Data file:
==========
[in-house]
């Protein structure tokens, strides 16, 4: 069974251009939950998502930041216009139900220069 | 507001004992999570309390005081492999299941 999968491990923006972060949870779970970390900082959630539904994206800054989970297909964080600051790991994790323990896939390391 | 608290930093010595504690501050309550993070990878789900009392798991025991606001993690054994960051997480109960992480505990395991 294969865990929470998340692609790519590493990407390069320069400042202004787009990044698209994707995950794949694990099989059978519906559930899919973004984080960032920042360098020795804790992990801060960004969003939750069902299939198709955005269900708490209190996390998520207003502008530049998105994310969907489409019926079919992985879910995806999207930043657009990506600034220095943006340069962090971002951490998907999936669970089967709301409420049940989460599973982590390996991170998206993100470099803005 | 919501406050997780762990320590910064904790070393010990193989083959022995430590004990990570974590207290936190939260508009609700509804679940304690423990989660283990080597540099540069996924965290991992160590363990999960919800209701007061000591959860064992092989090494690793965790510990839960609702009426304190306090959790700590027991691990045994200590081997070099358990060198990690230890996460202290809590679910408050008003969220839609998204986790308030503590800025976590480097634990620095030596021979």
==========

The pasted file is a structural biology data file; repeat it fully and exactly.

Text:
[in-house]
């Protein structure tokens, strides 16, 4: 069974251009939950998502930041216009139900220069 | 507001004992999570309390005081492999299941 999968491990923006972060949870779970970390900082959630539904994206800054989970297909964080600051790991994790323990896939390391 | 608290930093010595504690501050309550993070990878789900009392798991025991606001993690054994960051997480109960992480505990395991 294969865990929470998340692609790519590493990407390069320069400042202004787009990044698209994707995950794949694990099989059978519906559930899919973004984080960032920042360098020795804790992990801060960004969003939750069902299939198709955005269900708490209190996390998520207003502008530049998105994310969907489409019926079919992985879910995806999207930043657009990506600034220095943006340069962090971002951490998907999936669970089967709301409420049940989460599973982590390996991170998206993100470099803005 | 919501406050997780762990320590910064904790070393010990193989083959022995430590004990990570974590207290936190939260508009609700509804679940304690423990989660283990080597540099540069996924965290991992160590363990999960919800209701007061000591959860064992092989090494690793965790510990839960609702009426304190306090959790700590027991691990045994200590081997070099358990060198990690230890996460202290809590679910408050008003969220839609998204986790308030503590800025976590480097634990620095030596021979």